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January 4, 2016

It is no secret that pets are living longer lives than ever before. With that positive trend has come a change in the terminology of pet aging.

According to Brent Mayabb, DVM, vice president of corporate affairs at Royal Canin USA, dogs and cats used to be considered seniors when they reached seven years of age. Now, because cats (and dogs) are living well into their teens, seven years is now termed “adult” and 11 years is considered “senior.”

Ingredients for Longer Lives

With cats living well into their late teens and even their early twenties, nutritionists must  reconsider older cats’ diet changes as they enter later life stages.

“At Royal Canin, we typically recommend cats at the age of seven switch from an adult diet to a mature diet,” Myabb said. “Nutrients in these diets such as antioxidants and omega-3 fatty acids can help support healthy aging. As cats continue to age, additional nutritional adaptations can be even more beneficial, so we recommend the change to a senior diet at age 11. Even if you’re not seeing physical signs of aging yet, there may be aging changes that we should address with nutrition.”

According to Heidi Nevala, president and founder of Natura Petz Organics, it is not uncommon for senior cats to display multiple symptoms related to a variety of health conditions. This makes it difficult for owners to offer palliative care.

“Retailers and pet parents alike are seeking superior feline wellness solutions that are condition-responsive as well as contain more specialized ingredients beyond MSM [methylsulfonylmethane] and chondroitin, such as adaptogens and super foods,” Nevala said.

She further explained, “Our product called Bionic Body contains adaptogens such as camu camu and cat’s claw, which are plants that are naturally coded to identify oxidative, metabolic, physiological and emotional distress in your cat’s body and nutritionally work to help restore balance.”

Many senior pet products incorporate ingredients with high levels of vitamins, minerals and antioxidants—the so-called “super foods.”

“Super foods are another compelling wellness solution for senior cats because, as our cats age, it becomes more difficult for them to assimilate critical nutrients,” Nevala said. “Super foods like maca and sacha inchi are highly nutritious, but also offer innovative joint care by working to limit inflammation and pain. They may also help stimulate collagen production, which directly builds bones, cartilage, joints and connective tissues, and thus can offset symptoms related to degenerative conditions such as arthritis.”

Making Pills Palatable

When it comes to supplements and medication, it is often possible to open a capsule and sprinkle its contents onto food. Unlike their canine counterparts, cats are not known to simply chomp down pills. Using some kind of tasty treat to hide a pill is one solution for many cat owners.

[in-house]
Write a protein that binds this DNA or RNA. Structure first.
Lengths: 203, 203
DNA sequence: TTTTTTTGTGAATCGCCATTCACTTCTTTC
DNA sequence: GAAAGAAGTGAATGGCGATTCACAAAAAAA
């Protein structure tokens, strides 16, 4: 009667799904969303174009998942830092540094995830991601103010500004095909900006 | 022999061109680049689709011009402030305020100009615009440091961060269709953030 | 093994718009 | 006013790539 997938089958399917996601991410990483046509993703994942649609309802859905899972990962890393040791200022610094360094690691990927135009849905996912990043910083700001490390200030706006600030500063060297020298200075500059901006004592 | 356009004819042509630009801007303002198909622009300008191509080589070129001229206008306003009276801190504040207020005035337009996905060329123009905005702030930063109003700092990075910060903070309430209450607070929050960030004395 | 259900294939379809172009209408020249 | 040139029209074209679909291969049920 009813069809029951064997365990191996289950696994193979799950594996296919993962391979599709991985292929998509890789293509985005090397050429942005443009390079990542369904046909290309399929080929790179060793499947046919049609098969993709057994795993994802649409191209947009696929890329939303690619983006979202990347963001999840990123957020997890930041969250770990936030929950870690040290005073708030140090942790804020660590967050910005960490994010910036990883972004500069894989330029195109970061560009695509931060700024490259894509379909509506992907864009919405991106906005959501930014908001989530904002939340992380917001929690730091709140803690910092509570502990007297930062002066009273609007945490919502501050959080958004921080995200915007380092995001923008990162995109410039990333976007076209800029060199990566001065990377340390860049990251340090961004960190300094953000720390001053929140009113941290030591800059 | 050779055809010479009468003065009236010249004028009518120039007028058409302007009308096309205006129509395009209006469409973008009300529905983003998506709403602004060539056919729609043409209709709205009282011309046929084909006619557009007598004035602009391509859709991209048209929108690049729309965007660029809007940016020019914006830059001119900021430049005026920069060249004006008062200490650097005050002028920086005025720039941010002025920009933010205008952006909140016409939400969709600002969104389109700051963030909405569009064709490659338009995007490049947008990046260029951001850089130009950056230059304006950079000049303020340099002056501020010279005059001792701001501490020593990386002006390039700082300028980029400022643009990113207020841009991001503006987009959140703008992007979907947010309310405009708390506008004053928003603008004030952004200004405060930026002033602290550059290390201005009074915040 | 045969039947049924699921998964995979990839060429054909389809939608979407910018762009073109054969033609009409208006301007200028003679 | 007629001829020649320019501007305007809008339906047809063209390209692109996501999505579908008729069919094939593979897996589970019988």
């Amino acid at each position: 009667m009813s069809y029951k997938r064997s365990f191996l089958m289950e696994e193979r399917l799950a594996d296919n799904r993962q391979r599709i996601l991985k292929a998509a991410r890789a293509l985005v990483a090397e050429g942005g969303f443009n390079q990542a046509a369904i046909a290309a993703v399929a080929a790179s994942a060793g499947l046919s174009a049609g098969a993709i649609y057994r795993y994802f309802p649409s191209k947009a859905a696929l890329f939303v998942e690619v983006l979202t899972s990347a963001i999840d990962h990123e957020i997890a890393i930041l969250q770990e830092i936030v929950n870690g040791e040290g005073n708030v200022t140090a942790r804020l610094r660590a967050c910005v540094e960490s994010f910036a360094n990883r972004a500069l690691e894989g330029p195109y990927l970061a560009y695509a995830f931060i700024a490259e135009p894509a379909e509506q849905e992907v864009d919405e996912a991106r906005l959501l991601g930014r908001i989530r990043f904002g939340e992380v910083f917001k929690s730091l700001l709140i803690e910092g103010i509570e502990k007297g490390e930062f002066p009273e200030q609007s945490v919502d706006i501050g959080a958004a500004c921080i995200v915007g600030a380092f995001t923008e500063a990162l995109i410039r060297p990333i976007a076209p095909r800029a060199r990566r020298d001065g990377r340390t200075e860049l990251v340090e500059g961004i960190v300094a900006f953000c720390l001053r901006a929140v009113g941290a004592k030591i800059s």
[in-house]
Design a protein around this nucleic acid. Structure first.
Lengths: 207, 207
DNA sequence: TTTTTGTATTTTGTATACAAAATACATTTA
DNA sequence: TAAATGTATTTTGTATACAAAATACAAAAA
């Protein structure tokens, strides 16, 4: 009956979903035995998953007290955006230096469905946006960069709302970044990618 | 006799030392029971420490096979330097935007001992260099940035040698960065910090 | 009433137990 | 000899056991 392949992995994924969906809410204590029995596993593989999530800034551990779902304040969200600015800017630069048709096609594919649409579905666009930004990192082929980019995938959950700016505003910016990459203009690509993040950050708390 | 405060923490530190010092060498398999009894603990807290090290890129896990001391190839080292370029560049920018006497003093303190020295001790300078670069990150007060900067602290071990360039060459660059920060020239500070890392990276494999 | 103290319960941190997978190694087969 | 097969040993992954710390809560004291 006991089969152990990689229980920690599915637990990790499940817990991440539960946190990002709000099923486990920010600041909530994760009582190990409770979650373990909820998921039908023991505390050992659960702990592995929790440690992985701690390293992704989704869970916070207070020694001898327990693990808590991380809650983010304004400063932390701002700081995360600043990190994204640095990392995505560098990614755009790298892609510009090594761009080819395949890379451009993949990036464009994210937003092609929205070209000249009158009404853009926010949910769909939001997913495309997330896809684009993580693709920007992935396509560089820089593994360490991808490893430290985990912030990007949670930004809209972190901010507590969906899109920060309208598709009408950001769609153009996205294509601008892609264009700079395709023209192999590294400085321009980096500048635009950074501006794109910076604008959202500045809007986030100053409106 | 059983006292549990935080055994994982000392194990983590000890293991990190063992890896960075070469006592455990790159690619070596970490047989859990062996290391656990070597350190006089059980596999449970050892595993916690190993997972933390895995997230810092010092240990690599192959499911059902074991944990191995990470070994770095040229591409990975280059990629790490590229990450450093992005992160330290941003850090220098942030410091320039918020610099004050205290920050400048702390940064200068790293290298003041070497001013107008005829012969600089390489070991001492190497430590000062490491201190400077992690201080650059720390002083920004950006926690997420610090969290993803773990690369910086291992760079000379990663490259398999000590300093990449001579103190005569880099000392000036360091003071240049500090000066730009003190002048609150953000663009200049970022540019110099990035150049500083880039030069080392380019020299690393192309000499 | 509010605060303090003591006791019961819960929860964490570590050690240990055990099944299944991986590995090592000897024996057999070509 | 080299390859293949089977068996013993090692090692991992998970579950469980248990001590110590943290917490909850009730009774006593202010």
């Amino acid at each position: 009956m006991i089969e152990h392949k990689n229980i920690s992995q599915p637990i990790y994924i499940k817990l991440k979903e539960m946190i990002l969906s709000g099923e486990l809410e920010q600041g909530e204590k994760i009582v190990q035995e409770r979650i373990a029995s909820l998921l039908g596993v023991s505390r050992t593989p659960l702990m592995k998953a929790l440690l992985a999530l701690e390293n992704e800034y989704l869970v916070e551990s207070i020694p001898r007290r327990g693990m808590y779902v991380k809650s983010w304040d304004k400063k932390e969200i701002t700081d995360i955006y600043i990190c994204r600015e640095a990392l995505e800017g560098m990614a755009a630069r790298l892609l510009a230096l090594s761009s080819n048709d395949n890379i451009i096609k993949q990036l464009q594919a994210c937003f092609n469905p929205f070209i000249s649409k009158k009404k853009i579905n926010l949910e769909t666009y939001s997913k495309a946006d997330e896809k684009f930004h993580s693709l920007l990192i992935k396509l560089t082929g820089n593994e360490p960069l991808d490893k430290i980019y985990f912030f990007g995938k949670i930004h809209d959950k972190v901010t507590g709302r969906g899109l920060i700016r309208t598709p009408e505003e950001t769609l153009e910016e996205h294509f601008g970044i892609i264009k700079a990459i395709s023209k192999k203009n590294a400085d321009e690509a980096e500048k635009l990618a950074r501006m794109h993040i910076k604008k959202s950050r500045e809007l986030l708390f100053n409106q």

“Our Pill Paste is low-calorie so that it can be used to disguise capsules and pills that have to be given daily,” said Linda Cope, global marketing manager for Marshall Pet Products.

The paste is bacon flavored and, according to Cope, is a flavor that cats seem to enjoy as much as dogs do.

There are Greenies Pill Pockets from Mars Petcare, which can also be found in the treat aisle. These help pills masquerade as treats and are available in two flavors: chicken and salmon.

Creature Comforts

The Green Pet Shop has produced a self-warming mat called the Achy Paws Pet Mat, designed to soothe aching joints and increase blood circulation.

“The self-warming mat uses a unique, non-toxic bamboo charcoal technology that is pressure-activated by a pet’s own weight to provide a soothing relief from a natural source,” said Larry Wright, president and CEO of the company. “The pad is soft and durable and made with triple-layered fabric that absorbs odor, moisture and toxins.”

Apart from their soothing effects, the mats are also designed to calm the restlessness, stress and anxiety that go along with discomfort.

“If a pet overheats, the bamboo charcoal can also fluctuate according to the pet’s temperature and provide a cooling relief,” Wright added.

The mats are machine washable.

The senior cats category also allows retailers to expand their horizons by adding to their inventory a variety of lifestyle products that will also enhance the general health and wellbeing of older felines.
Pet steps are one example.

Petmate offers a wide variety of products to provide solutions for older cats, such as super comfy beds and Pet Steps, which have been designed with older pets in mind,” said Emily Schmale, senior marketing manager for the company. “Our Pet Steps are perfect for cats (or small dogs) that need help jumping onto the sofa, a chair or the bed. They are constructed as one piece but are lightweight enough to move around to different locations within the home. They also have rubber feet so as not to damage flooring.”

Older felines often have trouble getting down to floor or counter level to eat, and raised bowls–even those that are slightly raised–make the eating experience a more comfortable one. The Wetnoz Style Series includes raised oval-shaped bowls made from a high gloss melamine.

“They are designed to be skid-proof and dishwasher safe,” Schmale said.

The oval design is also cognizant of whisker stress that occurs when the cat’s whiskers touch the sides of a food bowl.

“This shape allows whiskers to remain untouched by the bowl and thus helps to make the eating experience an all the more enjoyable one.”

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